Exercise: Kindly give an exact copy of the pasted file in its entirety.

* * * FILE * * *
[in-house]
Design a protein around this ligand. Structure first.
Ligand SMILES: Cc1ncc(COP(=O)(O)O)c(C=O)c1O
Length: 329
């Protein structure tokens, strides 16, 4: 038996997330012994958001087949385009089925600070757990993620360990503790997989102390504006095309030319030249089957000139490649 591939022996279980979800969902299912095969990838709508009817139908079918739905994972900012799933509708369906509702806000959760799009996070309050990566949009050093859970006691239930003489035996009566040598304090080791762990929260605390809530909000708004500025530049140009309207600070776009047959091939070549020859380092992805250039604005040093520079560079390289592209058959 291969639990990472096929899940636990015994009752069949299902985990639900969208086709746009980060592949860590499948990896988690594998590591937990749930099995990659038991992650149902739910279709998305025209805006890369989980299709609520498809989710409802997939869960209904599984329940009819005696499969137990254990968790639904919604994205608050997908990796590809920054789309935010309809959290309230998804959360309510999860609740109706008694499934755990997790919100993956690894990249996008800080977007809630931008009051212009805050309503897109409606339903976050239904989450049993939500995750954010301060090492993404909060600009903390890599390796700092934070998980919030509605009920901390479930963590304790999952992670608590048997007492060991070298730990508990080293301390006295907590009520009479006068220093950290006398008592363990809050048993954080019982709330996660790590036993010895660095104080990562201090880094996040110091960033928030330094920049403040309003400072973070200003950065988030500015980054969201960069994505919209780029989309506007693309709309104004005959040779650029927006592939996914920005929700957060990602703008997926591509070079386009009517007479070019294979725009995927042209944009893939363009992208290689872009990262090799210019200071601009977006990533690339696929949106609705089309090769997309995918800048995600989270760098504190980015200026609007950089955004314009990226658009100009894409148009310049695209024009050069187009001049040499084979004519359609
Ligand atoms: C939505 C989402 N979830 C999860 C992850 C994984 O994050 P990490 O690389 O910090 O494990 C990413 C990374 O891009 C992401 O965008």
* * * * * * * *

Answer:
[in-house]
Design a protein around this ligand. Structure first.
Ligand SMILES: Cc1ncc(COP(=O)(O)O)c(C=O)c1O
Length: 329
């Protein structure tokens, strides 16, 4: 038996997330012994958001087949385009089925600070757990993620360990503790997989102390504006095309030319030249089957000139490649 591939022996279980979800969902299912095969990838709508009817139908079918739905994972900012799933509708369906509702806000959760799009996070309050990566949009050093859970006691239930003489035996009566040598304090080791762990929260605390809530909000708004500025530049140009309207600070776009047959091939070549020859380092992805250039604005040093520079560079390289592209058959 291969639990990472096929899940636990015994009752069949299902985990639900969208086709746009980060592949860590499948990896988690594998590591937990749930099995990659038991992650149902739910279709998305025209805006890369989980299709609520498809989710409802997939869960209904599984329940009819005696499969137990254990968790639904919604994205608050997908990796590809920054789309935010309809959290309230998804959360309510999860609740109706008694499934755990997790919100993956690894990249996008800080977007809630931008009051212009805050309503897109409606339903976050239904989450049993939500995750954010301060090492993404909060600009903390890599390796700092934070998980919030509605009920901390479930963590304790999952992670608590048997007492060991070298730990508990080293301390006295907590009520009479006068220093950290006398008592363990809050048993954080019982709330996660790590036993010895660095104080990562201090880094996040110091960033928030330094920049403040309003400072973070200003950065988030500015980054969201960069994505919209780029989309506007693309709309104004005959040779650029927006592939996914920005929700957060990602703008997926591509070079386009009517007479070019294979725009995927042209944009893939363009992208290689872009990262090799210019200071601009977006990533690339696929949106609705089309090769997309995918800048995600989270760098504190980015200026609007950089955004314009990226658009100009894409148009310049695209024009050069187009001049040499084979004519359609
Ligand atoms: C939505 C989402 N979830 C999860 C992850 C994984 O994050 P990490 O690389 O910090 O494990 C990413 C990374 O891009 C992401 O965008």